To say the iShares MSCI Mexico Capped ETF (EWW) is the second-best Latin America single-country ETF of 2013 is accurate.
It is also somewhat misleading because of the six country-specific LatAm ETFs, only the Global X FTSE Argentina 20 ETF (ARGT) has traded higher this year. EWW has lost 3.2%, though that is far better than the dismal performances turned by its Brazilian, Chilean, Colombian and Peruvian equivalents.
What makes EWW’s 2013 lethargy more disappointing is that it was the best LatAm single-country ETF in 2012 and this year’s glum performance defied logic that states Mexican equities usually move in unison with their U.S. peers. [10 Worst Global Equity Markets Ranked by ETFs]
Some strategists see a rebound ahead for EWW in 2014.
“We believe the thesis of Mexico becoming the new China of manufacturing will continue during 2014 as more U.S. companies relocate manufacturing to Mexico,” Sterling Global Strategies Chief Investment Officer Mark Eickler in an interview with Investor’s Business Daily .
“Average manufacturing wages in China, when adjusted for productivity, are now above those in Mexico, according to a Boston Consulting Group study. Obviously, it is much cheaper and takes less time to ship products from Mexico than from China, and because NAFTA (North American Free Trade Agreement) goods from Mexico enter the U.S. duty-free,” added Eickler.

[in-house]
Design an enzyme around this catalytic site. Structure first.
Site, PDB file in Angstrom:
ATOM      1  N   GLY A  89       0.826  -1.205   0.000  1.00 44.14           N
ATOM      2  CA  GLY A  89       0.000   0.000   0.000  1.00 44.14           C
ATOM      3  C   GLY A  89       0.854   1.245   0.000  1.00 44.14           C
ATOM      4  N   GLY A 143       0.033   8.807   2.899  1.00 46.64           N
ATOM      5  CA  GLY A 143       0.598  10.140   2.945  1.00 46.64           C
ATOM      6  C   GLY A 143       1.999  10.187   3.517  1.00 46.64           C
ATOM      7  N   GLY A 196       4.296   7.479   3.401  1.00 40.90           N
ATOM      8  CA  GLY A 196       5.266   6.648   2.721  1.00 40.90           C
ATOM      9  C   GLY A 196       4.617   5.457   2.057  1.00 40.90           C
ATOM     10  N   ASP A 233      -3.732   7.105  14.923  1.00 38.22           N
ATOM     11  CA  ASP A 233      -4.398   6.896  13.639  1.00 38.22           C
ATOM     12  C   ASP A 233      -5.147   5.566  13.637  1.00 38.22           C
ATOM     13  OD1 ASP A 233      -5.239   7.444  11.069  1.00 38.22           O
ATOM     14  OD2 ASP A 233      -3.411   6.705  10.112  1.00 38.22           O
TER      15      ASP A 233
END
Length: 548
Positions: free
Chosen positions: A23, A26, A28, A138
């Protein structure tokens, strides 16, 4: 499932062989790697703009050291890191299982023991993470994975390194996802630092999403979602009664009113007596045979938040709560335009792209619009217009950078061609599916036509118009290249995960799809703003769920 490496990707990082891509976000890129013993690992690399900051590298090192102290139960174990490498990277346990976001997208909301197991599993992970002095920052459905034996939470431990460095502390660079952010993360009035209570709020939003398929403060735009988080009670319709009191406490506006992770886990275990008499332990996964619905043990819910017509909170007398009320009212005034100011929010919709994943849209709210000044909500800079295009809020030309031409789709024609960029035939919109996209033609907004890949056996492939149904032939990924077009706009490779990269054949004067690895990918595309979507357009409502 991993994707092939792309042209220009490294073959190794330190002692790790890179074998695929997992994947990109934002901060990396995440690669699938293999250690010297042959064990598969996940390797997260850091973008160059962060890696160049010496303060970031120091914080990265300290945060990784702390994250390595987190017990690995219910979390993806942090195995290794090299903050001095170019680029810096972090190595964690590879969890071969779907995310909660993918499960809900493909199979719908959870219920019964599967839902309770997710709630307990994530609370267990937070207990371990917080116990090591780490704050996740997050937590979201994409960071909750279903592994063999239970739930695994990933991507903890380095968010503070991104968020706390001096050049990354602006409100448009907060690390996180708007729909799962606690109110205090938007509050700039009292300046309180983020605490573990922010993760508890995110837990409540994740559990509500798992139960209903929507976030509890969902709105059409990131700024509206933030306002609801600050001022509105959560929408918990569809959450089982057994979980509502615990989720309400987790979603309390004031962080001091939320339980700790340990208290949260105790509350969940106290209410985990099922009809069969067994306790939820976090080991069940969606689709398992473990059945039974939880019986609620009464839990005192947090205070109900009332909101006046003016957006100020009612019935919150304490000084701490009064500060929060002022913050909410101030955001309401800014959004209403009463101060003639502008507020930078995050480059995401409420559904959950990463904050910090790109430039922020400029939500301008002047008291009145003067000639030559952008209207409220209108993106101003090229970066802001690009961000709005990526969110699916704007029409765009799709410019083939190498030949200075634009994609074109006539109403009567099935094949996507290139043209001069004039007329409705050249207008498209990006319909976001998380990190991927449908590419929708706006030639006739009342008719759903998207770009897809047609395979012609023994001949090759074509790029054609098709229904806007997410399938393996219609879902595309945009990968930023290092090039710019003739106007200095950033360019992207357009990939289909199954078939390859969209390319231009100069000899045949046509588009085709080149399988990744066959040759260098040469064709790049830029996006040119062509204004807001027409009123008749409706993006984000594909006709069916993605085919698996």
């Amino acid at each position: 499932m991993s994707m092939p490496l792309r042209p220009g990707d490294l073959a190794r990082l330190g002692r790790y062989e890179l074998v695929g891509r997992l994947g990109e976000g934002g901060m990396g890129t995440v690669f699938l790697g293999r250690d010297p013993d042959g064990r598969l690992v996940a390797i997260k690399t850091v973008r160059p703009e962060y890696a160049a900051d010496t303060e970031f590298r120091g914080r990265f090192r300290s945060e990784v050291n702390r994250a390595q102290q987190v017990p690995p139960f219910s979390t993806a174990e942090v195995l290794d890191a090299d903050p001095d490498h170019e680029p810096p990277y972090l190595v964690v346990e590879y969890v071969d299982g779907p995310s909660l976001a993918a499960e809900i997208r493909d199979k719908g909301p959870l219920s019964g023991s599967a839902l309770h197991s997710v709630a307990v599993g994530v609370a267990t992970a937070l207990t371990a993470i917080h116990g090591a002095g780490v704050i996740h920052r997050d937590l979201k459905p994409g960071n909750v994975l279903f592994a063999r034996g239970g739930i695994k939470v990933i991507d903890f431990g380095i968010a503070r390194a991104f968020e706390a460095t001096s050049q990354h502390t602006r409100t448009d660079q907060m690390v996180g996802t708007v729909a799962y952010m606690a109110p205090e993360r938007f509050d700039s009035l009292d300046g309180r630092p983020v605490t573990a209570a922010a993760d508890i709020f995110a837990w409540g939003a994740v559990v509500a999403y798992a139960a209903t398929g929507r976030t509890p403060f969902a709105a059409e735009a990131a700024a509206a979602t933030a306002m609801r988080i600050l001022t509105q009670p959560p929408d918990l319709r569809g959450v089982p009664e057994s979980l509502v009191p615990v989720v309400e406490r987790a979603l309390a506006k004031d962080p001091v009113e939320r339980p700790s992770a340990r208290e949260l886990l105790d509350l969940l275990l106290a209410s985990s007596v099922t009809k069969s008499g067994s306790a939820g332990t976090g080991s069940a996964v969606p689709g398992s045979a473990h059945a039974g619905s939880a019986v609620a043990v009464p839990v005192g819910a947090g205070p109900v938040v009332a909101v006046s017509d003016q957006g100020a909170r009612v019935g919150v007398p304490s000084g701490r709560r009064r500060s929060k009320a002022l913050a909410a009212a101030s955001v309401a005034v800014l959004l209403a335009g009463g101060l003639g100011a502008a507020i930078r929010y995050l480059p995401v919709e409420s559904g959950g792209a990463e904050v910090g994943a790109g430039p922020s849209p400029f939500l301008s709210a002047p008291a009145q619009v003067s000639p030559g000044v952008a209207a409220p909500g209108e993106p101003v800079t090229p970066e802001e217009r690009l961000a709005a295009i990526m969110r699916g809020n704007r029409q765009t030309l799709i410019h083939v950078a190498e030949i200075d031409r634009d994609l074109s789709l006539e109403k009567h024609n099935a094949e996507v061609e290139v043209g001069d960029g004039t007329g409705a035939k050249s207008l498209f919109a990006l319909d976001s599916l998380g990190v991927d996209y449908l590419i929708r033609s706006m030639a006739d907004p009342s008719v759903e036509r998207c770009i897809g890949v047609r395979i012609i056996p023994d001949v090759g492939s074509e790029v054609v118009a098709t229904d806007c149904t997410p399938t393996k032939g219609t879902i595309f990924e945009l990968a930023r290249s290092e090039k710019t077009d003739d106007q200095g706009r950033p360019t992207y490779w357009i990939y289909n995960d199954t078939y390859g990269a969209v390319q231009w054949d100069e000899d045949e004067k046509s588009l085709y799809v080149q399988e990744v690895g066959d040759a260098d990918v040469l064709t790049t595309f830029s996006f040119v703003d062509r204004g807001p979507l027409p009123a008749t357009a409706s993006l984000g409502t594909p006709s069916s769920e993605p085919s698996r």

Other money managers have also started nibbling at LatAm ETFs with EWW being a favored destination. Some professional investors have been attracted by the allure of market friendly reforms promise to make the country’s economy more globally competitive and attractive to foreign investment. [Advisors Reconsider LatAm ETFs]
Still, some LatAm markets have detractors. Earlier this month, BlackRock, the world’s largest asset manager, revealed underweight ratings on Brazil and Mexico. J.P. Morgan does not agree, at least not when it comes to Mexico. Last week, the bank said it is overweight on Mexico.
“We are OW Mexico based on (1) strong forecast economic growth acceleration to 3.4% in 2014E from 1.4% in 2013E; (2) estimated domestic FX appreciation (vs. the USD) through 2014 year-end (MXN12.25 /USD); (3) enhanced cost competiveness and high sustainable growth outlook – the agenda on reforms has advanced; and (4) leverage to an expected US manufacturing rebound,” according to a J.P. Morgan note. [J.P. Morgan Boosts Mexico ETF]
“While business has been gaining steam, a burgeoning middle class has been taking root and their spending has been increasing. Mexico’s growth engine over the past five decades has been tourism and there are indications that the industry may begin to grow once again,” said Eickler in the IBD interview.
iShares MSCI Mexico Capped ETF